By Clay Wirestone
As diabetics, it’s easy for all of us to get caught up in the day-to-day management of our disease. After all, the regular monitoring of blood sugar, the injection or pumping of insulin, and the management of diet takes serious time and effort. So no wonder why you may feel overwhelmed when it comes to taking regular tests.
Just take the test. You may need to give a few drops of blood. You may need to give a urine sample. Your arm might be squeezed by the blood pressure cuff. But go ahead and take test. It could well prevent a complication. It could even save your life.
It’s important to step back regularly to see how our overall health is faring since diabetes is a systemic disease. It can affect nearly every part of our bodies, and every aspect of our lives. We shouldn’t fret about this — it’s a simple fact of the condition. Instead, make sure you take care of regular tests to know how you’re doing.
Before diving into your list of tests, consult with your health care team to understand what tests are right for you and identify your target results. Depending on your age and health, they may have looser or tighter standards for you in mind. Here is a list of the most critical tests. (Most of the information here has been checked with standards set by the National Institutes of Health and the American Diabetes Association.)
This is the test everyone talks about, for a good reason. An A1C lets you know what your average blood sugar is for the past 2-3 months. Never mind the daily fluctuations — the A1C gives you the broadest overall picture.
This is important because your overall health will be determined by your long-term management. So if you A1C is low and consistent, you know you’re doing a good job, even if you sometimes have challenges in your daily management. If your A1C swings around, or goes high, you know that you’ll need to tweak your treatment plan.
What’s a good A1C? According to the American Diabetes Association, diabetics should aim for a 7 percent or below. According to the American Society of Endocrinologists, you should aim for a 6.5 or below. Some doctors urge even lower numbers; A1Cs for nondiabetics are generally below 6 percent.
Unlike the other blood tests listed here, you’ll want to have an A1C performed more frequently than once a year. If your control is stable, a doctor may recommend the test twice a year. If you have more issues, or aree 1, it’s likely you’ll need to have the test performed quarterly.
This is another crucial test for diabetics, for the simple reason that cardiovascular issues (heart attacks and strokes) are the most serious potential side effects of the disease. Other complications can cause serious problems, yes, but a healthy heart is of critical importance.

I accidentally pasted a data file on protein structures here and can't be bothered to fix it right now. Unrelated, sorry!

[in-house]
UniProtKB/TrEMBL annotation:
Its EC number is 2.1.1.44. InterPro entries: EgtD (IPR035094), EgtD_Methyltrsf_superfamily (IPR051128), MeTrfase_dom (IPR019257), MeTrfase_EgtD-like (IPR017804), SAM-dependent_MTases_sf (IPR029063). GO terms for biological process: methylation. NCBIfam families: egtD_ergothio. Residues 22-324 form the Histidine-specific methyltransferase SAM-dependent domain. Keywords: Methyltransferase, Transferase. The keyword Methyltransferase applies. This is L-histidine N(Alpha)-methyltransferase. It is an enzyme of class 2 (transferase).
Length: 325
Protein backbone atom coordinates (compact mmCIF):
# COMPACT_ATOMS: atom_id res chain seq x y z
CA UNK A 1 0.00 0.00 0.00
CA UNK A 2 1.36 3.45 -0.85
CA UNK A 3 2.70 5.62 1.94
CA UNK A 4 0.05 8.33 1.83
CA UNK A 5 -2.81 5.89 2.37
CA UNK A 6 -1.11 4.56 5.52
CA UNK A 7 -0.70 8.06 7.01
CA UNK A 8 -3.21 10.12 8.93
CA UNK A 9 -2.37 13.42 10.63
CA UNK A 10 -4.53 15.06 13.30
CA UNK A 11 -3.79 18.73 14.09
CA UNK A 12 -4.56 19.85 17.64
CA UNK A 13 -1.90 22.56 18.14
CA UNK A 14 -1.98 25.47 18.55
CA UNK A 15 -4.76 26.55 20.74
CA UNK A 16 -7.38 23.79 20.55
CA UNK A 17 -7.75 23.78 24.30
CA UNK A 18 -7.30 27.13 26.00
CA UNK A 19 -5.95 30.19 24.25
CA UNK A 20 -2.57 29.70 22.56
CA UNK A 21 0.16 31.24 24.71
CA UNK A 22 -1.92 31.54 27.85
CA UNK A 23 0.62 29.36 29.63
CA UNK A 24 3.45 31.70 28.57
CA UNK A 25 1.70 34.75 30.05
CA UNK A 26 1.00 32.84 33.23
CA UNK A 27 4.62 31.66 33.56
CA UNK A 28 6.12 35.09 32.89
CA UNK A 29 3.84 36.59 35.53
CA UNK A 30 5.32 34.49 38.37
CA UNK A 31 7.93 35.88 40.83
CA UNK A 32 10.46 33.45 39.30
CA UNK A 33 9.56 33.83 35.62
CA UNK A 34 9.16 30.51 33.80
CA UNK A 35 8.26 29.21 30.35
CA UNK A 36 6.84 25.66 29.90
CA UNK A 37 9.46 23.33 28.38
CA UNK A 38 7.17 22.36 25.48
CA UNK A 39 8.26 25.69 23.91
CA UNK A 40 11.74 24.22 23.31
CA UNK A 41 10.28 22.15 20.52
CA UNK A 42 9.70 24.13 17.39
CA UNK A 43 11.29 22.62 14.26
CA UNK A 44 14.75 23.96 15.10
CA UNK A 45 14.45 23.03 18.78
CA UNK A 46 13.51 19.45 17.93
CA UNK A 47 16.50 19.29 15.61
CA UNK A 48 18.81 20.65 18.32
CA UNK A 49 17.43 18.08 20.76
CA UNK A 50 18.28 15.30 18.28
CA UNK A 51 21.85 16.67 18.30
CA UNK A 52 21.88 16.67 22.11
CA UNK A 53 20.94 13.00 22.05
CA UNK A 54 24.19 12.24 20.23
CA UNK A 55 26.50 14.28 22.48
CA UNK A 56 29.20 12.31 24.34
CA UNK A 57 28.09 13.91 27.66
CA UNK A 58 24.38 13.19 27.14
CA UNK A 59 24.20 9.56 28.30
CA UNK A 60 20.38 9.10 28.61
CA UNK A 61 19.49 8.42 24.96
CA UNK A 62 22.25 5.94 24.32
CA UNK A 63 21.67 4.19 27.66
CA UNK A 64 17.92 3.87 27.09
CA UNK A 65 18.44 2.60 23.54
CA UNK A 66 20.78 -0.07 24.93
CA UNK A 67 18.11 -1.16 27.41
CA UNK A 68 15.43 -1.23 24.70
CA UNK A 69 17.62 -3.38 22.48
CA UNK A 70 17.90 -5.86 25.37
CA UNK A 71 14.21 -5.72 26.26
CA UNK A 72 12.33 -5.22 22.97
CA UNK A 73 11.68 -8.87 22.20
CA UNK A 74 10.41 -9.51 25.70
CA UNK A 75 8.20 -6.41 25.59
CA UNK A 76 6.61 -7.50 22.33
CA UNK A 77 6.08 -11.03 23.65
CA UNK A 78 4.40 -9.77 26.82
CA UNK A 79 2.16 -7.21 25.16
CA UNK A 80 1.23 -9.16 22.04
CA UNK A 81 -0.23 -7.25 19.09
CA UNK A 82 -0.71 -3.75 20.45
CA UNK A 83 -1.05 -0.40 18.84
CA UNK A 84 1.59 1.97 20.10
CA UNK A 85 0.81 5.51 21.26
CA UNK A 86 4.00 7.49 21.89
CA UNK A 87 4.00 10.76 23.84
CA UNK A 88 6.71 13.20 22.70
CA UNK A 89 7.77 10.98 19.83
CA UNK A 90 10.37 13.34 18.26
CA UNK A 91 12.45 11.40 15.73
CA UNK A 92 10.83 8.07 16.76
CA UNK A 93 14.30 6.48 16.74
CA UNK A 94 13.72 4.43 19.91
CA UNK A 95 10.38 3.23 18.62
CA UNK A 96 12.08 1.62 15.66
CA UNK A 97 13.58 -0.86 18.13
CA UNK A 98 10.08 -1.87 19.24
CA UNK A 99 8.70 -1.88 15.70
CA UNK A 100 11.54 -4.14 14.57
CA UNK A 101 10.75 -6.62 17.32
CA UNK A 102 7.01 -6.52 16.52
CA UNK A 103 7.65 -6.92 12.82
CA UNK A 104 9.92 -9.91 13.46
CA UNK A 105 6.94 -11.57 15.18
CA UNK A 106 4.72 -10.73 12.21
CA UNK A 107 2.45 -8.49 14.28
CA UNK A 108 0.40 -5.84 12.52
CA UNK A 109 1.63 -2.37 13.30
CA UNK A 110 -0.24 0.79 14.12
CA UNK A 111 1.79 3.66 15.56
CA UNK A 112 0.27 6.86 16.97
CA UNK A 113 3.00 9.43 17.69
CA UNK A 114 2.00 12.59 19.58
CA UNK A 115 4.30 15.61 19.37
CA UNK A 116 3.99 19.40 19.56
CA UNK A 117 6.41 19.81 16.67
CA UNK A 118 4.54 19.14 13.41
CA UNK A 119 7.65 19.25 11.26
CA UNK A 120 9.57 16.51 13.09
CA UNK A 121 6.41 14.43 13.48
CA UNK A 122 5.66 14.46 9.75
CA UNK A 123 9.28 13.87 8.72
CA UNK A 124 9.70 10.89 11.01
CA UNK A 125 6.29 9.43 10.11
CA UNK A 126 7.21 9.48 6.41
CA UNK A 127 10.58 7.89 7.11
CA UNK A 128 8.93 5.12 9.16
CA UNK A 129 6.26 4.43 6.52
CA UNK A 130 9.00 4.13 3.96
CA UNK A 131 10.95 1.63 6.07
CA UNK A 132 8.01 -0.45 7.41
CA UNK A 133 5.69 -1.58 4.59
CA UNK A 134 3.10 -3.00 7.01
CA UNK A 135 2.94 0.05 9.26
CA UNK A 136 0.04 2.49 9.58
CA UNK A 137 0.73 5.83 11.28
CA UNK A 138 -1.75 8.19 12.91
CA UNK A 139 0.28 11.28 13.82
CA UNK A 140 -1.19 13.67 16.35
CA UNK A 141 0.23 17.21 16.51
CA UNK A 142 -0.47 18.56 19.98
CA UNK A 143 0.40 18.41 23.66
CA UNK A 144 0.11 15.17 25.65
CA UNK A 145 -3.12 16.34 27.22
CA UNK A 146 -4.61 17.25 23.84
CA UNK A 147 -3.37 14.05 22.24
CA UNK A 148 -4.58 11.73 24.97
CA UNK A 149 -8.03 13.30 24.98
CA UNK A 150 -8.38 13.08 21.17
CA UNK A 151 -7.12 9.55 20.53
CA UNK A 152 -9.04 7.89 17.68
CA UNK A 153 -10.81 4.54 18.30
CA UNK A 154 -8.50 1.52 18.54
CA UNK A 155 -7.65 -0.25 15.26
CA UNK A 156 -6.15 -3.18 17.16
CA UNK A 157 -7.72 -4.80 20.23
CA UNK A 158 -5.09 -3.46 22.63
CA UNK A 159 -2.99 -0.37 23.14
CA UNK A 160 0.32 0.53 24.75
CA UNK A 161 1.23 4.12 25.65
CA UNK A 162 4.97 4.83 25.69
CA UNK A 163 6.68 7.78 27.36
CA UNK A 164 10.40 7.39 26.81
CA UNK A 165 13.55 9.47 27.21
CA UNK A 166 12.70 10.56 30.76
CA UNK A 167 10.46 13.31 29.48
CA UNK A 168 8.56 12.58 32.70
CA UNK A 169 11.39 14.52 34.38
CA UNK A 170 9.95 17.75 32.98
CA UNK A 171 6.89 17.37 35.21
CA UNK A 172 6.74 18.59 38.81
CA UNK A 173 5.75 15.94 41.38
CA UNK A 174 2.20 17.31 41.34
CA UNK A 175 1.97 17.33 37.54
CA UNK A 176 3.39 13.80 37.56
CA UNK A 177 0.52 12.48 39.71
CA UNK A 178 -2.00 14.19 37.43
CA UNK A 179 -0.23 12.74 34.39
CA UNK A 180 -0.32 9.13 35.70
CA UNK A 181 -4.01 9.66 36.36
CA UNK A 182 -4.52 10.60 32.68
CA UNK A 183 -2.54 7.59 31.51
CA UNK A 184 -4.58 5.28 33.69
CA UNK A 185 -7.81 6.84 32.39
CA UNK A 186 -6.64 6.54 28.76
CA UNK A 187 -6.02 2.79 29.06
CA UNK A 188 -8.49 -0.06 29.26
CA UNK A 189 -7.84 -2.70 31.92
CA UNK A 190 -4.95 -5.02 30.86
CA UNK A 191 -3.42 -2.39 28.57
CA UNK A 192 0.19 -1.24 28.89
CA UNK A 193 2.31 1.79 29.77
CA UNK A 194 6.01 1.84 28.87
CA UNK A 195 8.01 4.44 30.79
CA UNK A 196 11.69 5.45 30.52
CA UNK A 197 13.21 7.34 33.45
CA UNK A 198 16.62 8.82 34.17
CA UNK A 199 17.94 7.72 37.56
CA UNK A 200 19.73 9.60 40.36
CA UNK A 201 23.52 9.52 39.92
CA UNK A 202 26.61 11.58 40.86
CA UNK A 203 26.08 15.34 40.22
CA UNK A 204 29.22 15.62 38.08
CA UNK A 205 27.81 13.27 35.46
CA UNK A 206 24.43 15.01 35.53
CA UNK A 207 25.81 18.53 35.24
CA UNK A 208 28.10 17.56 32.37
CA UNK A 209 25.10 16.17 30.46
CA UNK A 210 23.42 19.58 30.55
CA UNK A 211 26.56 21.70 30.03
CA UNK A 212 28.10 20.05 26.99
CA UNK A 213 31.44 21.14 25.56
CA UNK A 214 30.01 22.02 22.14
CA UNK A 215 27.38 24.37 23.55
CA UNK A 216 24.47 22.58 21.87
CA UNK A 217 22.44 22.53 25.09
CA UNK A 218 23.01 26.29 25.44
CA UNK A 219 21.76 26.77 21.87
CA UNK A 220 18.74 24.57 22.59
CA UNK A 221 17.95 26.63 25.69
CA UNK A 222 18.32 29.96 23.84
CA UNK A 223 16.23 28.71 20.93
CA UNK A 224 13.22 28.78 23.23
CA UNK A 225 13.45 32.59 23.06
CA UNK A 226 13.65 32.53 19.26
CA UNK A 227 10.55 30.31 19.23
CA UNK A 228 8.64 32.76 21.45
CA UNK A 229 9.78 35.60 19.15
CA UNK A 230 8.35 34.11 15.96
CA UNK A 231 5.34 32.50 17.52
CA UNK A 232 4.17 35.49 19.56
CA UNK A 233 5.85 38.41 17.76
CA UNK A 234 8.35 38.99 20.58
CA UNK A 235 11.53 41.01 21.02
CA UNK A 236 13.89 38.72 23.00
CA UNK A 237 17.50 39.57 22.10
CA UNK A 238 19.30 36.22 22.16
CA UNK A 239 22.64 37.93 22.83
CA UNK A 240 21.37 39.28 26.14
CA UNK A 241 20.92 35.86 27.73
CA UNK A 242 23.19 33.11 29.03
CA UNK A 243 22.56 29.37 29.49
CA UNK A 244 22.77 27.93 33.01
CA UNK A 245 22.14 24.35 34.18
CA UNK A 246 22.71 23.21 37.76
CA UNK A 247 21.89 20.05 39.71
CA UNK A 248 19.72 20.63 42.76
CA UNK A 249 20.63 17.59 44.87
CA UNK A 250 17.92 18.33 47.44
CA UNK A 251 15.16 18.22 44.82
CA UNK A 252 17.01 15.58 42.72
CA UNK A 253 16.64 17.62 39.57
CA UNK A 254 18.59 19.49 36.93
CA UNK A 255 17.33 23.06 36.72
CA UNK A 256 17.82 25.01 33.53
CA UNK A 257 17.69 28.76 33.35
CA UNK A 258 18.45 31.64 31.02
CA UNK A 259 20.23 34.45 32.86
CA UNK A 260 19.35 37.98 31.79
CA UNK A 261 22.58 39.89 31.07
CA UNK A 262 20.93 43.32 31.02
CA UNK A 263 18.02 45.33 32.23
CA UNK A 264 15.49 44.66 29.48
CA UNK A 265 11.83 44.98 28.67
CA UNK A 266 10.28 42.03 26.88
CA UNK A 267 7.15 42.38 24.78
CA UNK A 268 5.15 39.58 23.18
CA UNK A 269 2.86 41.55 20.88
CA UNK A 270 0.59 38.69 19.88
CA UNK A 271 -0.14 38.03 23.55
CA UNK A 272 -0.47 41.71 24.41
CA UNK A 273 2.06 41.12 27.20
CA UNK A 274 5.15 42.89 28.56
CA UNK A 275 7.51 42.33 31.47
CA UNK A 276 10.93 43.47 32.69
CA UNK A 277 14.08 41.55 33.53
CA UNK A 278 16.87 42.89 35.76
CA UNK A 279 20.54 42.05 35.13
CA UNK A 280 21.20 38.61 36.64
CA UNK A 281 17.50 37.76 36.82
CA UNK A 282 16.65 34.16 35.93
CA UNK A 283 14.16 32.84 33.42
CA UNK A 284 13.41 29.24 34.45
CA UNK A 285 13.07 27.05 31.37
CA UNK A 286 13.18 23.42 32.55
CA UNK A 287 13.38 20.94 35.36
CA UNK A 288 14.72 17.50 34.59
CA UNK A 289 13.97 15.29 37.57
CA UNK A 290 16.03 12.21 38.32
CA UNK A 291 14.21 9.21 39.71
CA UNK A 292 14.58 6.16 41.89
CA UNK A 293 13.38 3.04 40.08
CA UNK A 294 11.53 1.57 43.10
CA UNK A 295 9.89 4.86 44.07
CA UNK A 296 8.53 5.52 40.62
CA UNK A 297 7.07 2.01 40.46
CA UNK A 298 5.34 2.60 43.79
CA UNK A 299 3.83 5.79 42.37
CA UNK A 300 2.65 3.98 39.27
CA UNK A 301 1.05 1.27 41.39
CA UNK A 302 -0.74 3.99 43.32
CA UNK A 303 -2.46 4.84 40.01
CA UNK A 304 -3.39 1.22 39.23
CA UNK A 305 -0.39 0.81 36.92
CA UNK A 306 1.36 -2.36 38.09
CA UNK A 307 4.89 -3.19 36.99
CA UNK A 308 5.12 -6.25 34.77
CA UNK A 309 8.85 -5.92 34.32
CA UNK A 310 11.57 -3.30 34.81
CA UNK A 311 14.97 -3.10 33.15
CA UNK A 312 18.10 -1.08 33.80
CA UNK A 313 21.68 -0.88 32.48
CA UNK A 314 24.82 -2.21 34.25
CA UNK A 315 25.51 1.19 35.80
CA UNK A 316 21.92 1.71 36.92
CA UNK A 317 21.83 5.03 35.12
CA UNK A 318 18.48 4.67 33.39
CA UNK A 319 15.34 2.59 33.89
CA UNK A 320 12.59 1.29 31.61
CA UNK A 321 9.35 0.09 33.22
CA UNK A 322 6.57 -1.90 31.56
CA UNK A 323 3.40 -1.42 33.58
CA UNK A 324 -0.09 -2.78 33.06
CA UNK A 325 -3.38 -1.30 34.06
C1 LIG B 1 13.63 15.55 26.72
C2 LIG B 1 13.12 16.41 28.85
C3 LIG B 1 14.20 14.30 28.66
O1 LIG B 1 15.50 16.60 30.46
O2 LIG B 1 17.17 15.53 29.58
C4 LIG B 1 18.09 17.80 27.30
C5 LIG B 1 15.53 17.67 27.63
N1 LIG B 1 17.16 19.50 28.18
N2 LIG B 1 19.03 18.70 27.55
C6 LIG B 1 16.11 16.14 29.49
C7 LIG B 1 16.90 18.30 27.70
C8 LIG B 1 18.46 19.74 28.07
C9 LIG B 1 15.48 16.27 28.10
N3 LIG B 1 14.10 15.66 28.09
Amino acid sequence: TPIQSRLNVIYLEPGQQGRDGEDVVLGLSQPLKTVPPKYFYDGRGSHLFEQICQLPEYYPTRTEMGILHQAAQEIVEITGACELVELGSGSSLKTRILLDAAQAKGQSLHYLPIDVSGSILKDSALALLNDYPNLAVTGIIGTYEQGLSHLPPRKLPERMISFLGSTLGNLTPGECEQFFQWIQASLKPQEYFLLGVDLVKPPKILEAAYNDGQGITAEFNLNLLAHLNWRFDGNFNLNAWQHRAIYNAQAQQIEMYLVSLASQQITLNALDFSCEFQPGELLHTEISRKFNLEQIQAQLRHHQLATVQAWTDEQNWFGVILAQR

That being said, cholesterol is a complex topic. Many books have been written on the topic, and there is medical disagreement about how to interpret the results. Here’s a quick summary of the current thinking.
A cholesterol test is really measuring several different components of your blood fats, and they have different levels of importance. Take your overall cholesterol, which is usually the largest number you’ll see. This number is actually of little importance on its own because it includes both “good” and “bad” cholesterol.
“Bad” cholesterol is called LDL (or low-density lipoprotein) and doctors will want you to generally keep it below 100. That being said, there are different kinds of LDL particles, some of which are more harmful than others.
The “good” cholesterol is called HDL (or high-density lipoprotein), and doctors generally want you to keep it above 40. Again, though, it seems as though there are also different kinds of HDL particles, some of which are more beneficial than others.
You will also be tested for triglycerides, which are yet another kind of blood fat. Doctors will want that number to be below 150.
Doctors will pay different attention to these numbers. They will often focus on LDL cholesterol because we have effective drugs (statins) that can reliably reduce it. That being said, evidence exists that HDL and triglycerides are more powerful predictors of cardiovascular issues. Raising HDL levels usually takes regular exercise, weight loss and dietary change. Again, talk to your doctors about what you should do.
Cholesterol levels don’t fluctuate in the way that A1C levels do (unless you dramatically change your diet), so they will be tested less frequently. You’ll generally get one a year, unless your doctor wants to keep a closer watch on the levels.
There are two important tests diabetics must have regularly to measure kidney function. This is crucial because kidney disease (and potential failure) is one of the most serious potential diabetic side effects.